The provincial air monitoring network includes three categories of monitoring stations:
- Continuous stations — these stations constantly monitor air quality by drawing air in through a tube and automatically transmitting the data (via telephone or cellular networks) to a central Ministry of Environment database.
- Noncontinuous stations — these stations collect air pollutants on filters (or in canisters in the case of volatile organic compounds). The filters or canisters are collected
by technicians in the field after a discrete period of time (e.g. 24 hours) and sent to a certified laboratory for chemical and/or gravimetric (weight) analysis.
- Mobile monitors — these consist of a number of instruments installed in a large vehicle or an airplane, and are used to assess ambient air quality over short periods of time in areas not covered by the permanent monitoring network, or for special studies.
The Ministry of Environment's
Mobile Air Monitoring Laboratory (MAML)
In B.C. there are approximately 100 continuous and 50 noncontinuous ambient air monitoring stations. Metro Vancouver air quality staff operate approximately
20 of these continuous stations. The 80 continuous stations in the remainder of the province are run and maintained by a combination of Ministry of Environment and industry (permittee) staff.
In addition, there are approximately 20 industrial facilities across the province that continuously monitor air pollutants that are emitted directly from their facilities (i.e. in the stacks). There are a further 80 industrial facilities that perform yearly or quarterly sampling on emissions from their stacks, as required by their permit to operate.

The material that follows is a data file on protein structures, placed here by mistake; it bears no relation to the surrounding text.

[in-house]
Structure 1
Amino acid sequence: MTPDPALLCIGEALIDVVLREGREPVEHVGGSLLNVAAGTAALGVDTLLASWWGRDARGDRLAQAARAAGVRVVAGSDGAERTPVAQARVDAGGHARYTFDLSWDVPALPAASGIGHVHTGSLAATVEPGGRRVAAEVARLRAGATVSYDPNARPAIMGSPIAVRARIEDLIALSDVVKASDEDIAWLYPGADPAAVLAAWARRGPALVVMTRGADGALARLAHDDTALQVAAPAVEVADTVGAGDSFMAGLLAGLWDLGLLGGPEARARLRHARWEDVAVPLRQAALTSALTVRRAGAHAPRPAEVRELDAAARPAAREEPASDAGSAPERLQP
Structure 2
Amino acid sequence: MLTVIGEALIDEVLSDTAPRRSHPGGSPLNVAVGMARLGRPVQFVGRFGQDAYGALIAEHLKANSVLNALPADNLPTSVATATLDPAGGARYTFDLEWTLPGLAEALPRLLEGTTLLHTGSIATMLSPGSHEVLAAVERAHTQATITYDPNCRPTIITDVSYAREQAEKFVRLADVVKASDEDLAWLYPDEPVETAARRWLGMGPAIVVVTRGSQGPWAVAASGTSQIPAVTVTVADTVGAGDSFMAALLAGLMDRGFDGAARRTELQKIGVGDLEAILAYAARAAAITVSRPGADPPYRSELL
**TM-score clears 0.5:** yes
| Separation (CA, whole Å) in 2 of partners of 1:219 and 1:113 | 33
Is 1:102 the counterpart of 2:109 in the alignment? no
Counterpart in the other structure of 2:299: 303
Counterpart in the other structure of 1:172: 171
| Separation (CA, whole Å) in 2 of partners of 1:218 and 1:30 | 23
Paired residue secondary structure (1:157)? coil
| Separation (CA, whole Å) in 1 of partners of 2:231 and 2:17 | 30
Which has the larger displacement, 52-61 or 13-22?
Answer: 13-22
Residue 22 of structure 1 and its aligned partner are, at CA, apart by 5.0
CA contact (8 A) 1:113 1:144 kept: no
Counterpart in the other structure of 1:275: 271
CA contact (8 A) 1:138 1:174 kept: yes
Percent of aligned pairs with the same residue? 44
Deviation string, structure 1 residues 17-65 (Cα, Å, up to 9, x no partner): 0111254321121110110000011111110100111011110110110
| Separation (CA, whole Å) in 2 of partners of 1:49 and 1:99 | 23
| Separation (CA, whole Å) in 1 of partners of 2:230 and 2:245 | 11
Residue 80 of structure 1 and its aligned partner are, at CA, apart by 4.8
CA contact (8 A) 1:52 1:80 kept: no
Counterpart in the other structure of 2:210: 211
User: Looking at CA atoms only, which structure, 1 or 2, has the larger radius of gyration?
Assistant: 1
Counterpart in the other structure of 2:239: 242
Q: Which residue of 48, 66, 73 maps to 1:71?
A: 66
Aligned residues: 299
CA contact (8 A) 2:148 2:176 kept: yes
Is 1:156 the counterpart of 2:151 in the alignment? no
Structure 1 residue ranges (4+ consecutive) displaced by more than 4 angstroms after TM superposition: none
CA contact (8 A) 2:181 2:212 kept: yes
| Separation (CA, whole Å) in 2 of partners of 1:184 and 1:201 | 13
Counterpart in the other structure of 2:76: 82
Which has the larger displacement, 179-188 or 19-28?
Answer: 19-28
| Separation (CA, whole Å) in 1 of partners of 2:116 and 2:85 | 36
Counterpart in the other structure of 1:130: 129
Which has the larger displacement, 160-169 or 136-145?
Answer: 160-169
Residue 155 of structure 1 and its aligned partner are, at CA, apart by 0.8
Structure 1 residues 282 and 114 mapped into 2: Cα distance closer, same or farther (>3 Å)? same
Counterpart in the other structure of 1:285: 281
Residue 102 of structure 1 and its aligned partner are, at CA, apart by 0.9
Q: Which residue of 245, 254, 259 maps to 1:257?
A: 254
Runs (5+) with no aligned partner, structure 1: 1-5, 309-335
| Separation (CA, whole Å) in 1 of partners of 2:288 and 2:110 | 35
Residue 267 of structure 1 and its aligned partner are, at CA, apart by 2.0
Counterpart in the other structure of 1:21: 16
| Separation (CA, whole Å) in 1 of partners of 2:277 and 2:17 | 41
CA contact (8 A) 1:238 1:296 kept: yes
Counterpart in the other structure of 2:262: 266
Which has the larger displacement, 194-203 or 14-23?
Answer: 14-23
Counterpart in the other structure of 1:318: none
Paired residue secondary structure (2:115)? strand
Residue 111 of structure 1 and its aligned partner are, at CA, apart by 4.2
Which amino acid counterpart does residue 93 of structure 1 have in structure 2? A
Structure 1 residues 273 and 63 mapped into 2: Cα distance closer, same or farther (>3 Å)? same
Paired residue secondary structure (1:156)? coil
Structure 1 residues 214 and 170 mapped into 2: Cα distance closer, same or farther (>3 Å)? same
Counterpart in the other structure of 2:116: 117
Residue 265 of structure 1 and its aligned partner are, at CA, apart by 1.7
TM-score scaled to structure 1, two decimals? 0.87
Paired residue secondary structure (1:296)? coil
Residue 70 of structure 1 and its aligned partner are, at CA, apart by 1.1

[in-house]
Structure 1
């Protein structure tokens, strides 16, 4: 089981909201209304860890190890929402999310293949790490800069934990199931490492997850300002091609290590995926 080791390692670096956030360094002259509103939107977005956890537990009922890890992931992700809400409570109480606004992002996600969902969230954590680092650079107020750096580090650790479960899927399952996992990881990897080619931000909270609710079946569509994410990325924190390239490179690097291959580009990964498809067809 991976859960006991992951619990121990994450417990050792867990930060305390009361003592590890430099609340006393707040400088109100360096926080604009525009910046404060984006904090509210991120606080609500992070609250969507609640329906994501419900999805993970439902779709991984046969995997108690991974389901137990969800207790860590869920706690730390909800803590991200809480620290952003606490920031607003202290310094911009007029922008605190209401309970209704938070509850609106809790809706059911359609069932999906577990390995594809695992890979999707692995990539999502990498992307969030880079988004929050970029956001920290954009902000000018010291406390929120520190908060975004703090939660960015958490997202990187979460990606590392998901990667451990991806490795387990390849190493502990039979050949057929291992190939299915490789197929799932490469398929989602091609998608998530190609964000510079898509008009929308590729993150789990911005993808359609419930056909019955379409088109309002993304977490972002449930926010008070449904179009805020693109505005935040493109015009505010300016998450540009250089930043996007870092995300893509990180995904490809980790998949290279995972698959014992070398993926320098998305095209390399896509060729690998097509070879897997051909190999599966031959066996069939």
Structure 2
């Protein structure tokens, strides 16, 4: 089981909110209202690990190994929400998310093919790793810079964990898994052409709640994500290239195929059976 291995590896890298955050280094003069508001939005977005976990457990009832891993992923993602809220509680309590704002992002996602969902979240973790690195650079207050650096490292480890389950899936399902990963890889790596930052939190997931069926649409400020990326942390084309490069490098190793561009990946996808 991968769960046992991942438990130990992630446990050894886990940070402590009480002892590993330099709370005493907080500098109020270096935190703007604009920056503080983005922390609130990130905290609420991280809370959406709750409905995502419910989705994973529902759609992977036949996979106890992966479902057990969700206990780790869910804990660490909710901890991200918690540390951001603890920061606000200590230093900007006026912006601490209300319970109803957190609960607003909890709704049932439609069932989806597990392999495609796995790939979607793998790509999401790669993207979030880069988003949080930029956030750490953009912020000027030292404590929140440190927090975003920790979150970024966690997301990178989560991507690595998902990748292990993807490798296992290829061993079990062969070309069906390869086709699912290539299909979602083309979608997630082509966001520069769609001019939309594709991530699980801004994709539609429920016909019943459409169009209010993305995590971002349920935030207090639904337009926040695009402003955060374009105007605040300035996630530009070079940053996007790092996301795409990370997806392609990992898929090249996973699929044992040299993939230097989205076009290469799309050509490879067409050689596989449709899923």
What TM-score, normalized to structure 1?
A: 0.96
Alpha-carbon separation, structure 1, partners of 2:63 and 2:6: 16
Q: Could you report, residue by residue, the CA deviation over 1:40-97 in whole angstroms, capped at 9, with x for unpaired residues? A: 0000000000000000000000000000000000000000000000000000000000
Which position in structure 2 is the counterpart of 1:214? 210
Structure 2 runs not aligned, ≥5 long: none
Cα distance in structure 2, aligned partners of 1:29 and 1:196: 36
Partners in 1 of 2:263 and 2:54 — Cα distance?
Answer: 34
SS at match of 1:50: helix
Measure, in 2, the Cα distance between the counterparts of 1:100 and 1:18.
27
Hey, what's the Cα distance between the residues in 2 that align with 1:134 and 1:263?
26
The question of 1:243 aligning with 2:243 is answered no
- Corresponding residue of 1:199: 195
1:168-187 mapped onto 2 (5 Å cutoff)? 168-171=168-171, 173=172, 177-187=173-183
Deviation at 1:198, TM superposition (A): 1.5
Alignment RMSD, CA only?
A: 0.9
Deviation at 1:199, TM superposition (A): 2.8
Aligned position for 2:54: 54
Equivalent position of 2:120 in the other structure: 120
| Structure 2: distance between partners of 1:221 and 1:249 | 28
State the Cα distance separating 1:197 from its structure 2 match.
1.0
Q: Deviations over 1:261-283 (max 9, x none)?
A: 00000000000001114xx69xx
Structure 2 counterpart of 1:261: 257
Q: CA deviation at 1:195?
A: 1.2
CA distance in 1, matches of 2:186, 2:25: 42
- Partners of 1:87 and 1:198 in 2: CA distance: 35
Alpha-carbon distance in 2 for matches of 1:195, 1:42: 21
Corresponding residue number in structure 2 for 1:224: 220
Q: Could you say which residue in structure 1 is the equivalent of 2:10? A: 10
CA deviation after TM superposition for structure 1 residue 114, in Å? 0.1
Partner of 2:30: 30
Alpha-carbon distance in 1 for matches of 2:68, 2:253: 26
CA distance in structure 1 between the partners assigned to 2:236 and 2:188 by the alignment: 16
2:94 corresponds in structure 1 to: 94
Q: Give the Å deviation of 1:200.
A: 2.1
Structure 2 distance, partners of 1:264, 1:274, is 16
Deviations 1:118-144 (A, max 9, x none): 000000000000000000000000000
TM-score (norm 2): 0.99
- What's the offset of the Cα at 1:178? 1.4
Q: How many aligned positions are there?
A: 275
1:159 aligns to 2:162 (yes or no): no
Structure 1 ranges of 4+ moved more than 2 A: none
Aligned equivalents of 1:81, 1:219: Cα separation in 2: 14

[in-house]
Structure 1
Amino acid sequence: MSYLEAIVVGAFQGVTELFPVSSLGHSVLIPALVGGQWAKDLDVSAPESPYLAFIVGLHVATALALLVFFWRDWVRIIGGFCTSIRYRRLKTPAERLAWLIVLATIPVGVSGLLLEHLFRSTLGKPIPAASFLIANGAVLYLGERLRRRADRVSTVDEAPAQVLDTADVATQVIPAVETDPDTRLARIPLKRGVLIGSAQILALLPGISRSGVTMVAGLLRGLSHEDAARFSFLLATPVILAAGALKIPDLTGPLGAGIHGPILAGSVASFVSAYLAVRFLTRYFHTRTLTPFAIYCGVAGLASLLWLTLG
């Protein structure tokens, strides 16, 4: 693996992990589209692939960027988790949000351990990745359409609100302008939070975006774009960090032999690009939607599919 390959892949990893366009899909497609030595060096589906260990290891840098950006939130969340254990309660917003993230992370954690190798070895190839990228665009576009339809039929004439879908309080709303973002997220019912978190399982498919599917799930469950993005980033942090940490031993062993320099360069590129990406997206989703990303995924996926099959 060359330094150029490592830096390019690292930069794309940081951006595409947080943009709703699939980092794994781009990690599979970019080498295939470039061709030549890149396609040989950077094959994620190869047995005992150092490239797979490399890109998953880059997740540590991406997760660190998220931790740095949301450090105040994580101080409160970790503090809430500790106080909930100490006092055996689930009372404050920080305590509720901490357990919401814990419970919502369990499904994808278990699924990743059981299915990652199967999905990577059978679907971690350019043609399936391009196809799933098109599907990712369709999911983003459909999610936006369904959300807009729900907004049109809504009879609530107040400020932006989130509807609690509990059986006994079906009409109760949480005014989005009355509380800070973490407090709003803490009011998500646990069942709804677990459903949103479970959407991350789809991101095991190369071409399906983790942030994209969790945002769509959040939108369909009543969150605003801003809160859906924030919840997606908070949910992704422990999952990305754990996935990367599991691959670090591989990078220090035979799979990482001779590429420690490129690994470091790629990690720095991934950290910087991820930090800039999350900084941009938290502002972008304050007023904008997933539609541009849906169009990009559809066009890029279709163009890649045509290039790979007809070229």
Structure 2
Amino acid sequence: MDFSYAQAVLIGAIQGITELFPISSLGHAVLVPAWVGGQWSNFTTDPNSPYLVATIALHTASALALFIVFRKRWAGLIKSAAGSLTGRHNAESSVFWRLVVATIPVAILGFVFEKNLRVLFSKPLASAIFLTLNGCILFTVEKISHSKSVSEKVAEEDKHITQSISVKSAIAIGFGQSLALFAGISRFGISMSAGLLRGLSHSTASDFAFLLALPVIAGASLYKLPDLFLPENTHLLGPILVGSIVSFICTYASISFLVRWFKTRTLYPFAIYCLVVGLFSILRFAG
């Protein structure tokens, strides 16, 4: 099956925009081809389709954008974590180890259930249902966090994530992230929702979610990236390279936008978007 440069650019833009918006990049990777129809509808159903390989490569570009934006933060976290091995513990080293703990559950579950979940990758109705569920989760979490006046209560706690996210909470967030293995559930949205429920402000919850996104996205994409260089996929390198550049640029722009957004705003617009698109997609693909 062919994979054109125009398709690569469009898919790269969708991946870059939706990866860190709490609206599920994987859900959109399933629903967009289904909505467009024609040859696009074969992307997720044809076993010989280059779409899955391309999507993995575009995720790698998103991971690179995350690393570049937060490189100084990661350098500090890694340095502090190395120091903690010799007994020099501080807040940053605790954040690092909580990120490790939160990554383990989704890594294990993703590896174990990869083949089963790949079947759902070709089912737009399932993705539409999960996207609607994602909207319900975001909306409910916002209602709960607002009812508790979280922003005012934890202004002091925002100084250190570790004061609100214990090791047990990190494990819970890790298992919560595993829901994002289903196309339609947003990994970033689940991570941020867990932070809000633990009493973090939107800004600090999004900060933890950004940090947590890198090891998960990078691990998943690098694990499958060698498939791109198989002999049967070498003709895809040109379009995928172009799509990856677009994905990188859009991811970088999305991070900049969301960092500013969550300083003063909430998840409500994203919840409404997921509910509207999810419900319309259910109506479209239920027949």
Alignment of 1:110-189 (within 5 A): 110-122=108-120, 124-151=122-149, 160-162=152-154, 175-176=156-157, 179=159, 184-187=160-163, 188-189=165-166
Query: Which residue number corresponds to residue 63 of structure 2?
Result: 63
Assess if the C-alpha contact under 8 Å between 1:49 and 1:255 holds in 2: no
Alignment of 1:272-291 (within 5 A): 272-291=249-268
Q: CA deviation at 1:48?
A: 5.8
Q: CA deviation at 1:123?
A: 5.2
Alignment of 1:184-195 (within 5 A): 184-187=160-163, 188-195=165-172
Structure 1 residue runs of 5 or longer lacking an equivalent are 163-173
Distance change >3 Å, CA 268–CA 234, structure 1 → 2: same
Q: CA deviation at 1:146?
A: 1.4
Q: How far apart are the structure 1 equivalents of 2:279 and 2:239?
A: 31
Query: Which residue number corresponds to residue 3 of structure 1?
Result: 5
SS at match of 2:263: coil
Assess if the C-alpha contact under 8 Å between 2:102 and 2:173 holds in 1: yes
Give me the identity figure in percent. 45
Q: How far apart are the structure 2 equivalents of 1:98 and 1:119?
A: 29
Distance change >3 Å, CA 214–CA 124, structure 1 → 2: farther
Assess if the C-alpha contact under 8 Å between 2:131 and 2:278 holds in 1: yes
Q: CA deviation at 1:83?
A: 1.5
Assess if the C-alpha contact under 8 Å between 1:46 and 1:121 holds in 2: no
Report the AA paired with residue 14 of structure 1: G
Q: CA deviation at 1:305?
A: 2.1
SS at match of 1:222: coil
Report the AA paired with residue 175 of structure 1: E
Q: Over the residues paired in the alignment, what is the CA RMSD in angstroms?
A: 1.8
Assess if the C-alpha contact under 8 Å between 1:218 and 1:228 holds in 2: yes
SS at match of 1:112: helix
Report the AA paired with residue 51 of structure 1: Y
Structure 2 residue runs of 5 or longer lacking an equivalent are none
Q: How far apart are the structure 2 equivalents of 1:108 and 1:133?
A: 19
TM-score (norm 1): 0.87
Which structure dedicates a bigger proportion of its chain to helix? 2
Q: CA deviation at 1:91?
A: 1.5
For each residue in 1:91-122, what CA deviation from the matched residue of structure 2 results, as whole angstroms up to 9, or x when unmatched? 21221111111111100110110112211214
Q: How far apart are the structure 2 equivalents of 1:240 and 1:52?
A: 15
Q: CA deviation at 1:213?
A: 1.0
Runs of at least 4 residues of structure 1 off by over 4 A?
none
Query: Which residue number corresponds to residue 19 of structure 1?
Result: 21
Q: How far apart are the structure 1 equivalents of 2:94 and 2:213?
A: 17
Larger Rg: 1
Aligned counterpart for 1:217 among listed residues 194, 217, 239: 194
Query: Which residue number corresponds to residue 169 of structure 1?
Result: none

There are also mobile air quality monitors in Metro Vancouver and in the rest of the province, such as the Ministry of Environment's Mobile Air Monitoring Laboratory (MAML), pictured right. The MAML can monitor meteorological conditions, and take continuous and non-continuous measurements for a variety of parameters, including particulate matter (PM), sulphur dioxide (SO2), hydrogen sulphide (H2S), carbon monoxide (CO), nitrogen oxides (NOx) and ozone (O3).
The B.C.'s Air Quality Readings section of this website includes an interactive map of our monitoring stations with hourly air quality data. The monitoring station network can also be viewed by downloading the station coordinates and loading them in Google Earth.
The Province of British Columbia's first mobile air monitoring laboratory debuted in 1972. It was a 9.4 metre long bus called the Snifferbug.